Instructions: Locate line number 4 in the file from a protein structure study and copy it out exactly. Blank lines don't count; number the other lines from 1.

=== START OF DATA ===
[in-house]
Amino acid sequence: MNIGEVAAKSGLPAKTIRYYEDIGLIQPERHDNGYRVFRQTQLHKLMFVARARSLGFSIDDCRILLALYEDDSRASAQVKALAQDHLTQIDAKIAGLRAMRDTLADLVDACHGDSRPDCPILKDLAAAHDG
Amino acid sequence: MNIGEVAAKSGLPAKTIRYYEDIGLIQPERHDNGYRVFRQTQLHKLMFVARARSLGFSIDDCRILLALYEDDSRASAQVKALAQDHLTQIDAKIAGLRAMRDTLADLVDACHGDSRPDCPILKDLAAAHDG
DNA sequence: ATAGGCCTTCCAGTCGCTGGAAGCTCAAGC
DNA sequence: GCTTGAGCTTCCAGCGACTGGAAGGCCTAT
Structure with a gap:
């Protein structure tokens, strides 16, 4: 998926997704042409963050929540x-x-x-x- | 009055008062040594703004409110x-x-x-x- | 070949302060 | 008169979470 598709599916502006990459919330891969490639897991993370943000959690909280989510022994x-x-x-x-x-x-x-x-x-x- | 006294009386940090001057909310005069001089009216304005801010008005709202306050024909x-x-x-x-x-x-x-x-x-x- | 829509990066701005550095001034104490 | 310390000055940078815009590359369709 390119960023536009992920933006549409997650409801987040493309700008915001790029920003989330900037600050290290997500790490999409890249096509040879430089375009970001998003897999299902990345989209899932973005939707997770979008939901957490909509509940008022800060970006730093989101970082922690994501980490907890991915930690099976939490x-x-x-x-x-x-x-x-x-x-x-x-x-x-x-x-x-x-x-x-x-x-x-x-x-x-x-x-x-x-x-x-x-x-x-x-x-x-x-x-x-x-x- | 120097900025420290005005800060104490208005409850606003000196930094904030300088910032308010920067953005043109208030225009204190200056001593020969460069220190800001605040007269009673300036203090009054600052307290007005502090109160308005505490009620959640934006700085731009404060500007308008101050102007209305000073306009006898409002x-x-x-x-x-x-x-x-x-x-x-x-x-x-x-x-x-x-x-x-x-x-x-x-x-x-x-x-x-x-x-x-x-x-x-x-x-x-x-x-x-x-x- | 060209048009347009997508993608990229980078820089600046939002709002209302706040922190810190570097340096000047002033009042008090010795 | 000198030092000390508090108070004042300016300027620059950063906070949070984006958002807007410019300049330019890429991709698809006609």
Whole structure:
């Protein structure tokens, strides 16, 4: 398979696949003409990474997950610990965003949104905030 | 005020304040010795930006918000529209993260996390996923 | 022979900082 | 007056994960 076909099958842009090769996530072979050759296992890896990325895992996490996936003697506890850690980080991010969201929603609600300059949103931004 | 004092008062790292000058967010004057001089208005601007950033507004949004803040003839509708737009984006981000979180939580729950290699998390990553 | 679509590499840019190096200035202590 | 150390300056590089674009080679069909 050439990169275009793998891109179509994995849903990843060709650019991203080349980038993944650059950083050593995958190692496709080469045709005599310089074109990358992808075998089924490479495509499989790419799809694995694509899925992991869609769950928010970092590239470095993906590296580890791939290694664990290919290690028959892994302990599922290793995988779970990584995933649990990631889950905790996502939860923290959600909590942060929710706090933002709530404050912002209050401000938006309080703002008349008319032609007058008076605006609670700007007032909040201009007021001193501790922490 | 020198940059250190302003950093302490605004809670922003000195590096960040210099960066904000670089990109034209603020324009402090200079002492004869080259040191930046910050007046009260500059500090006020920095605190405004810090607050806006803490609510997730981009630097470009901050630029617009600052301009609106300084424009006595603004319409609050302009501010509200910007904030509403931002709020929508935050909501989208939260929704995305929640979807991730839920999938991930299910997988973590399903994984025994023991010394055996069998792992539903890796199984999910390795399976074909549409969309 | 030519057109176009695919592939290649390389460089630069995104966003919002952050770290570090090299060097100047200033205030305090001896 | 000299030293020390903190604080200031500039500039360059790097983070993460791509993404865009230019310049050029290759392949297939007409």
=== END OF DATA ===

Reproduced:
DNA sequence: ATAGGCCTTCCAGTCGCTGGAAGCTCAAGC